The MacArthur Fellows Program awards unrestricted fellowships to talented individuals who have shown extraordinary originality and dedication in their creative pursuits and a marked capacity for self-direction. There are three criteria for selection of Fellows: exceptional creativity, promise for important future advances based on a track record of significant accomplishment, and potential for the fellowship to facilitate subsequent creative work.

The MacArthur Fellows Program is intended to encourage people of outstanding talent to pursue their own creative, intellectual, and professional inclinations. In keeping with this purpose, the Foundation awards fellowships directly to individuals rather than through institutions. Recipients may be writers, scientists, artists, social scientists, humanists, teachers, entrepreneurs, or those in other fields, with or without institutional affiliations. They may use their fellowship to advance their expertise, engage in bold new work, or, if they wish, to change fields or alter the direction of their careers.

Since 1981, 897 MacArthur Fellows have been named from across numerous fields of human endeavor. Many Fellows work across multiple disciplines or move their work from one field to another over time.


Visit the MacArthur Fellows Program website.

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NASA Distinguished Public Service Medal and Exceptional Scientific Achievement Medal

NASA's most prestigious honor awards are approved by the Administrator and presented to a number of carefully selected individuals and groups of individuals, both Government and non-Government, who have distinguished themselves by making outstanding contributions to the Agency's mission.

Distinguished Public Service Medal (DPSM)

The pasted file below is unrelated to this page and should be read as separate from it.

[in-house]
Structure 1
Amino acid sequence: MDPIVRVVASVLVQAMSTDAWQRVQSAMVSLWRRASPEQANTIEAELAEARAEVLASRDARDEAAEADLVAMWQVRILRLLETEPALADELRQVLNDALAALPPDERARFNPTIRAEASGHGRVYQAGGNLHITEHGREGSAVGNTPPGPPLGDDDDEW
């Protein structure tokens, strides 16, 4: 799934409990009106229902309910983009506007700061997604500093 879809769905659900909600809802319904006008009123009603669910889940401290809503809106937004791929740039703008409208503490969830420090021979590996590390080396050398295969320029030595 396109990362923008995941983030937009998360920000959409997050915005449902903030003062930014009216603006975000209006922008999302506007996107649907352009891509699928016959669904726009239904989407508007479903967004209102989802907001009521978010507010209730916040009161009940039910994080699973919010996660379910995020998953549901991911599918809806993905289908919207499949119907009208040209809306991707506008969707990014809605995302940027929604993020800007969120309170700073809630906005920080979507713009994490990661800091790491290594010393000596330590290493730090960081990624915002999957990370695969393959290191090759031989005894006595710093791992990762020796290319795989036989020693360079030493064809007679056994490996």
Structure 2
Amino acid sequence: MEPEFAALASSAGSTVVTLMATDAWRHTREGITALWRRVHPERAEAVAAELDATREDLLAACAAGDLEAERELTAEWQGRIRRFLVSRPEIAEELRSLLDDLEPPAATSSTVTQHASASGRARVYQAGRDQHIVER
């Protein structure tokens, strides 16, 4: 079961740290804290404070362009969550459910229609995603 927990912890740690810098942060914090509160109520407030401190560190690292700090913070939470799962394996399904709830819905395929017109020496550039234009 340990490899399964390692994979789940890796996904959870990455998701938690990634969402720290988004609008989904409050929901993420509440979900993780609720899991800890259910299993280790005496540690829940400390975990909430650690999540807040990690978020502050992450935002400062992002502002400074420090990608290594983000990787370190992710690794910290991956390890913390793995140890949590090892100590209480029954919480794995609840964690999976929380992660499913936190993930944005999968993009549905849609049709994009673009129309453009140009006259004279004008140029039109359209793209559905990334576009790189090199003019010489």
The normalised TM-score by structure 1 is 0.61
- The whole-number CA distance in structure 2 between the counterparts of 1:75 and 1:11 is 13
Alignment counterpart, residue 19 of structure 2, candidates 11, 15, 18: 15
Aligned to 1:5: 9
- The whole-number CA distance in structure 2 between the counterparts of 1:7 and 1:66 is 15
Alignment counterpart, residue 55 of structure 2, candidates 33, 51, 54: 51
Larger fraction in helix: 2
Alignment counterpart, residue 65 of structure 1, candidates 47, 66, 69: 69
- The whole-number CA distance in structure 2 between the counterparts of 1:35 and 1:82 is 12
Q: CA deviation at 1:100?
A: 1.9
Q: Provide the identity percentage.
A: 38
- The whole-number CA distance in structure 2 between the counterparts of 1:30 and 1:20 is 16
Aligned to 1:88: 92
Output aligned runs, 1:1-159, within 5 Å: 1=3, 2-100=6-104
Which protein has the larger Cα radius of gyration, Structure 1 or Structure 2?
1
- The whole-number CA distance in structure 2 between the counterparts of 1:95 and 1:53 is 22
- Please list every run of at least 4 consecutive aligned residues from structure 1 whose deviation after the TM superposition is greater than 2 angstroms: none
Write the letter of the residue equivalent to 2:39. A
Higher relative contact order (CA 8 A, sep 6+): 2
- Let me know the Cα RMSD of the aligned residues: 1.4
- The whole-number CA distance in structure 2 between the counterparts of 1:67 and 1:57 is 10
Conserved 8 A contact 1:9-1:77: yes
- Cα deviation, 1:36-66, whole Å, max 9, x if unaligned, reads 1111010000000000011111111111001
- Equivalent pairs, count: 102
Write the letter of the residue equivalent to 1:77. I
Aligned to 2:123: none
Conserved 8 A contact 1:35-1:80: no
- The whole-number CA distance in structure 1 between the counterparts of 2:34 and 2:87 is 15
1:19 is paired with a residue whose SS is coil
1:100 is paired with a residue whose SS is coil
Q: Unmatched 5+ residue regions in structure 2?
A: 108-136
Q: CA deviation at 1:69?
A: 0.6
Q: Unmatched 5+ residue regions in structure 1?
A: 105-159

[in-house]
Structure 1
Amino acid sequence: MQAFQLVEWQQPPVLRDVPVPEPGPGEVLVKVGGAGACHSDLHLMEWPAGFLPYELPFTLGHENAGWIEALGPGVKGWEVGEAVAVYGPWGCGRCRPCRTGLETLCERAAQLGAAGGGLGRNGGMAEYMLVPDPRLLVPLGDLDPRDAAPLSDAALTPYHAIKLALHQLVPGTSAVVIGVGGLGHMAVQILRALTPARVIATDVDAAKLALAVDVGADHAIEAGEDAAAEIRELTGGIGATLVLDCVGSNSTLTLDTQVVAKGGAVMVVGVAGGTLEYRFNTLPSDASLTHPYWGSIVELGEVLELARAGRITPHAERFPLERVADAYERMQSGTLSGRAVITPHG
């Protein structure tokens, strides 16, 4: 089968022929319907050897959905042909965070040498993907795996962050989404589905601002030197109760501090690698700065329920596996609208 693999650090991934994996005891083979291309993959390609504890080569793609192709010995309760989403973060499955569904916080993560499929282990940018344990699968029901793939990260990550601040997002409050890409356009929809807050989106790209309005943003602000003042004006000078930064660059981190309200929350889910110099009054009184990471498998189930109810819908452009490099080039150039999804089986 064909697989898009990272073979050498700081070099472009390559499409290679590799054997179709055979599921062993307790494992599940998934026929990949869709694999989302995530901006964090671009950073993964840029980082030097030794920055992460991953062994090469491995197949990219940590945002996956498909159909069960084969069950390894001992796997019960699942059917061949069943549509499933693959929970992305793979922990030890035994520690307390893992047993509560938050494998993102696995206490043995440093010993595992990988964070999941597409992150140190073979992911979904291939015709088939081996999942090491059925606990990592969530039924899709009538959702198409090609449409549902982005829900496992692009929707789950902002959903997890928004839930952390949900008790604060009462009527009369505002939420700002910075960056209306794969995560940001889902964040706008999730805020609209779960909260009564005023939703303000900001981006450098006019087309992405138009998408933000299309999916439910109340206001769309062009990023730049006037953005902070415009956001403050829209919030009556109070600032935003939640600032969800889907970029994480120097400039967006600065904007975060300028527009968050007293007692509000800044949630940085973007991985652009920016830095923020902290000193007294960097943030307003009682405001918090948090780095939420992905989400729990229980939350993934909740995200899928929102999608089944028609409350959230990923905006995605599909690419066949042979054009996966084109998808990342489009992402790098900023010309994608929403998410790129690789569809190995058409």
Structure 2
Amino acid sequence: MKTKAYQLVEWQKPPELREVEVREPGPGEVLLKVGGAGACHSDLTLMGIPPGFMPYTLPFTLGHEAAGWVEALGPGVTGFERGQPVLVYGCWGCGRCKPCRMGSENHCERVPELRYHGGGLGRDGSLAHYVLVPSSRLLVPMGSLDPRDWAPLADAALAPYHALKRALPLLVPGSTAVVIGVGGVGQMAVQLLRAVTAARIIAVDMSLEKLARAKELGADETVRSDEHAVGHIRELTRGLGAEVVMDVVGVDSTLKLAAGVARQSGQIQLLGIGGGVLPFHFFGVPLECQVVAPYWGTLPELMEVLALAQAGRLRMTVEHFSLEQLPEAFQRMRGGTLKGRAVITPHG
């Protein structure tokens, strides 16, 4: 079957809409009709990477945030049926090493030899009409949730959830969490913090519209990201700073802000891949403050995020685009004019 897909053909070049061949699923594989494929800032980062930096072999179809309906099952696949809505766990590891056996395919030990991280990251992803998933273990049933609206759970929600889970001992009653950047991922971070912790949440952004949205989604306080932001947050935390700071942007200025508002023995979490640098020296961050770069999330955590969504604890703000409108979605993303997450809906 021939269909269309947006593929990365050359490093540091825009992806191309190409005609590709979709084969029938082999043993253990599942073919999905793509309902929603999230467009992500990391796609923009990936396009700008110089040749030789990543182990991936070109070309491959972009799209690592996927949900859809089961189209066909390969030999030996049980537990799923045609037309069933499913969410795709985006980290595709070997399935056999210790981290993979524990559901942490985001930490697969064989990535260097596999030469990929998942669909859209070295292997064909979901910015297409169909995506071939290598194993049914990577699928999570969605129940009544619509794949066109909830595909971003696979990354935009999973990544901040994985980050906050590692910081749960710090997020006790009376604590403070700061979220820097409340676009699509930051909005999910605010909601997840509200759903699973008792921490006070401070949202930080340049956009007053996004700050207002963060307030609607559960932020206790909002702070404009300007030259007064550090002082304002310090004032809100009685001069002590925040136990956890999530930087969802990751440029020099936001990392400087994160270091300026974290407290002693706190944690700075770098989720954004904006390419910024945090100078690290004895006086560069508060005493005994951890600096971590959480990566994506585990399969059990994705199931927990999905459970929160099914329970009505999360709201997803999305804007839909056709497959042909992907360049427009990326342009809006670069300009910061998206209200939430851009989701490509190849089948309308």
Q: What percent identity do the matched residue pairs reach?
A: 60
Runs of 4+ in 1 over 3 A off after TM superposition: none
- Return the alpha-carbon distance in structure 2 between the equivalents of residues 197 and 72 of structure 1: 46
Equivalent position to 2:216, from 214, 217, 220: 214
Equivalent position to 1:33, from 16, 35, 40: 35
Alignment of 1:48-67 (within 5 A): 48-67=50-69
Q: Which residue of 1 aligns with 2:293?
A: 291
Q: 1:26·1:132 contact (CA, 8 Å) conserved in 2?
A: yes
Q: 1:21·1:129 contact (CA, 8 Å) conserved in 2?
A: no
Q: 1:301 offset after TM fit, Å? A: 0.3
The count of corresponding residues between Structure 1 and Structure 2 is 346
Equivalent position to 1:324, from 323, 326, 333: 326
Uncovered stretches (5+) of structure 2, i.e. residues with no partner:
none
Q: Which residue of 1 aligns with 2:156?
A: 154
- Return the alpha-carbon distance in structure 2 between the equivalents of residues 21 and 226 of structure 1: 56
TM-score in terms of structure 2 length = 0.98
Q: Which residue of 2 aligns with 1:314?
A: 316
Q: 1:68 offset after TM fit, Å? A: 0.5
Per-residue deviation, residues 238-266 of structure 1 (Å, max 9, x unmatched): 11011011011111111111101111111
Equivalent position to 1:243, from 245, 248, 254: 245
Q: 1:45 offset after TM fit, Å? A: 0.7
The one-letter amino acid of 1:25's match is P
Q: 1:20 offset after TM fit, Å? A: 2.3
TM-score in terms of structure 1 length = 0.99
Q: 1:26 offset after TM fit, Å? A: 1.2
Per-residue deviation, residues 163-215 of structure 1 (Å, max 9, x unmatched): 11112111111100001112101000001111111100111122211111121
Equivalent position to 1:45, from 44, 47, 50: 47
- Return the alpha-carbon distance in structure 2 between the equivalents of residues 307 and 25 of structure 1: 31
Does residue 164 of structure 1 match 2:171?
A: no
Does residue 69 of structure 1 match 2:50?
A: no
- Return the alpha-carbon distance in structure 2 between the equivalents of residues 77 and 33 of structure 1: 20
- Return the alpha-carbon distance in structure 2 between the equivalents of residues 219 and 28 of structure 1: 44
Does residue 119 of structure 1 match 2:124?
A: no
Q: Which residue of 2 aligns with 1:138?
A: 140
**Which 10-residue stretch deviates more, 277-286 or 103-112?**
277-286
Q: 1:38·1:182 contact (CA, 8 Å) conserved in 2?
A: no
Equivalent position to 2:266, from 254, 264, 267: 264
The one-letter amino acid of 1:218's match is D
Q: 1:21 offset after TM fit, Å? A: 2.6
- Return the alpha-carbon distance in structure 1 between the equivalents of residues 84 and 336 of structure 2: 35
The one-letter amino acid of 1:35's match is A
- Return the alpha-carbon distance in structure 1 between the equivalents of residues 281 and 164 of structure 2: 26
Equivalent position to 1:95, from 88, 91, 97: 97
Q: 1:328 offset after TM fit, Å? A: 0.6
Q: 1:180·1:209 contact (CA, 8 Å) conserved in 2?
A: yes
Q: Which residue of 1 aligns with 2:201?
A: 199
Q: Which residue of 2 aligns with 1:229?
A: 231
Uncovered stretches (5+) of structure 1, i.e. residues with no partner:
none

This is NASA's highest form of recognition that is awarded to any non-Government individual or to an individual who was not a Government employee during the period in which the service was performed, whose distinguished service, ability, or vision has personally contributed to NASA's advancement of United States' interests. The individual's achievement or contribution must demonstrate a level of excellence that has made a profound or indelible impact to NASA mission success, therefore, the contribution is so extraordinary that other forms of recognition by NASA would be inadequate.

Exceptional Scientific Achievement Medal (ESAM)

This prestigious NASA medal is awarded to both Government and non-Government individuals for exceptional scientific contributions (specific, concrete scientific achievements) toward achievement of the NASA mission. The award is given for individual efforts that have resulted in a key scientific discovery or resulted in contribution(s) of fundamental importance in this field or significantly enhanced understanding of the field. Scientific contributions typically result from reasoned investigations or studies of phenomena using collected data and observations, current scientific theories and formulae, and the scientific method and/or other formal techniques, to attain enduring principles. (A contribution that was overlooked at the time it occurred will also be considered.)